There is public reimbursement for adults for three continuous glucose metres in Ireland, but not for the FreeStyle Libra sensor, a commonly used one.
“Ireland is the only one country in Europe where Libra is not available to people” for free, “the fun thing is Abbott, the company producing it has their main office in Ireland,” she says.
Do it yourself better
Commercial devices tend to talk to less well to other commercial devices, which is one reason many people with diabetes use DIY solutions.
“I can’t, for example, now deliver insulin from my iPhone, or Apple Watch,” Dr Gajewska says. “But when I was using a DIY system, I could just click a few buttons on my watch and I was delivering insulin.” About 30,000 people with Type 1 diabetes use an opensource artificial pancreas system, according to a February 2023 study pre-print in the Lancet.
“I’m still doing DIY because after four and a half years, I know more about my priorities and daily management,” says Ms Holloway, whose own start-up SmartStart Health is developing a continuous glucose monitoring app.
“And I’m looking for specific features to be launched and certain technologies to come to market, that aren’t quite ready yet, but the gap is closing,” she says.
These include “convenience factors and a bit of tech,” she explains. “I want to be able to control the system with my iPhone, while so far, the tech on the market is android only.” And while some next generation commercial technology will enable them to target a slightly tighter target, “it’s still not the tight target I can target and set with my DIY setup,” she adds.
The average time people using a DIY open-source system spent in their target glycemic range increased from 64 per cent beforehand to 80 per cent with the DIY system, said researchers from BCDiabetes in Vancouver in the Lancet preprint.
Researchers at Cambridge found even more startling results in January, with DIY patients spending twice as much time within the ideal blood glucose level range compared with in the control group.
Watch this space
It’s an exciting time for new developments in diabetes generally. Screening is important, since type 1 diabetes needs to be diagnosed quickly to avoid life-threatening complications. Currently, over a quarter of children aren’t diagnosed with type 1 diabetes until they are in the serious and often life threatening condition called diabetic ketoacidosis (or DKA).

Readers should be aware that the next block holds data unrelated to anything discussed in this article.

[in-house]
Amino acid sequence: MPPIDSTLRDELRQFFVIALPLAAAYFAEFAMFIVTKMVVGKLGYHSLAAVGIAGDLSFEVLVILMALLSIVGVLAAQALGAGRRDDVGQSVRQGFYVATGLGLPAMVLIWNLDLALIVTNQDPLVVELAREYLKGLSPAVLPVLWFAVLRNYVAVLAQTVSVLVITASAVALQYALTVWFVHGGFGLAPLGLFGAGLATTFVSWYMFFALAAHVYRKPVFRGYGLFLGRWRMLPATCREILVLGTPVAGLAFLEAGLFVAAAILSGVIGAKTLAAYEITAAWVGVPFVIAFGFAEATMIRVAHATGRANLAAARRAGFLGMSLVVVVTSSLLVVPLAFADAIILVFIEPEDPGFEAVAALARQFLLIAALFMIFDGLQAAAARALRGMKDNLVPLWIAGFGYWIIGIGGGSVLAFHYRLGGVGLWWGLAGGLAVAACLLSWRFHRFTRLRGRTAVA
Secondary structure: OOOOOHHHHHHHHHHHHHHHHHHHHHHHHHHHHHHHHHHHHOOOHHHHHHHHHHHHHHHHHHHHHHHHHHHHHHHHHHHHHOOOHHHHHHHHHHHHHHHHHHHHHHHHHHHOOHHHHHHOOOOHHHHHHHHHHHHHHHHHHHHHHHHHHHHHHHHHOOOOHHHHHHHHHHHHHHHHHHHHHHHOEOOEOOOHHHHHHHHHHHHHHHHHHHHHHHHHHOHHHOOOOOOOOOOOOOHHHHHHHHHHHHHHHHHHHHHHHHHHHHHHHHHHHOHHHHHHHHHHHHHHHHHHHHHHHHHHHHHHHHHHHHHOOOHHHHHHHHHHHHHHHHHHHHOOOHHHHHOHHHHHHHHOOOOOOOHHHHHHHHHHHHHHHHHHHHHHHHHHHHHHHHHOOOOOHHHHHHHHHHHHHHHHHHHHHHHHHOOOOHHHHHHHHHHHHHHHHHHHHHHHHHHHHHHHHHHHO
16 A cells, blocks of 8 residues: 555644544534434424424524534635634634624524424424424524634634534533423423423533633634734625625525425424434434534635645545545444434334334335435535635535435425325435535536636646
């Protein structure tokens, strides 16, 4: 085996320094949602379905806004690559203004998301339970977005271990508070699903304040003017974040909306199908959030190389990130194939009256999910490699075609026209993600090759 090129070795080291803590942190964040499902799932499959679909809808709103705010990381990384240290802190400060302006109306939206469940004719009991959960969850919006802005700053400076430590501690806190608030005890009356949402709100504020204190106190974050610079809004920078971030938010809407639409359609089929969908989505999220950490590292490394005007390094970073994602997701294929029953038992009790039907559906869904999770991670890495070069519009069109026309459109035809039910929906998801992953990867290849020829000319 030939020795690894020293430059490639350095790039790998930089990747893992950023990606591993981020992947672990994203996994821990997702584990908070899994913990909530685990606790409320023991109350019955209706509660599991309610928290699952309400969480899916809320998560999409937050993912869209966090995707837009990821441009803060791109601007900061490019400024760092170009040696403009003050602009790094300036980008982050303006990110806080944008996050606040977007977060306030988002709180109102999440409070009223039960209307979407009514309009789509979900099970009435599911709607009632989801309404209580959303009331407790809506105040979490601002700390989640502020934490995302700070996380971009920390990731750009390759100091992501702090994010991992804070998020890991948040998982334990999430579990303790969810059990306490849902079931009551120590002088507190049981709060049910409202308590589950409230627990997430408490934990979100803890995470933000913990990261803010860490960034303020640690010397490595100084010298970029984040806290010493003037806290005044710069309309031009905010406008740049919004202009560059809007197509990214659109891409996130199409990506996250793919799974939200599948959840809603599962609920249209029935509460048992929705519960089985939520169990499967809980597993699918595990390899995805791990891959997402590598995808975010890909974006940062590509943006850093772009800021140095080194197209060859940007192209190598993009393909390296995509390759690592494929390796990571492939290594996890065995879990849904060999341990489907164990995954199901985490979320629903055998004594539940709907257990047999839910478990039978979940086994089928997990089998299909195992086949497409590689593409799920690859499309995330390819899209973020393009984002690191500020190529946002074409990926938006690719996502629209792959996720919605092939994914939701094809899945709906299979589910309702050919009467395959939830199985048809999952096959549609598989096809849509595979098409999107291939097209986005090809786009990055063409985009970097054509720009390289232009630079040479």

A new trial screening programme in the UK called ELSA can screen children for autoantibodies, signs in the blood that the immune attack has started. People with two or more different autoantibodies have an 85 per cent chance of developing type 1 diabetes within 15 years, and it’s almost certain that they will develop it at some point in their lifetime.
So knowing someone is about to develop type 1 diabetes means they can have a softer landing into a life with diabetes, and manage the condition from the start.
And the world’s first ever immunotherapy for type 1 diabetes was approved by the FDA in the US late last year. “It’s the biggest breakthrough for type 1 since the discovery of insulin, just over 100 years ago,” says Fiona McLoone, a recent Trinity College Dublin graduate working as research officer at Diabetes UK.
This drug, called Teplizumab, is called a monoclonal antibody, whose job is to hunt down and weaken the killer immune cells responsible for destroying insulin-making beta cells.
This helps to protect some beta cells from the immune attack and means people can keep on making their own insulin for longer. It can slow the development of type 1 diabetes and also delay a diagnosis, by up to three years, in people at high risk of the condition.
And as people living with diabetes get access to these life-changing new technologies, the fact many have them have been hacking their own bodies will make them an unusually educated and receptive audience.
“When you think of your own body as a science experiment, you get feedback, and in that feedback loop you can make more informed decisions,” adds Melissa Holloway.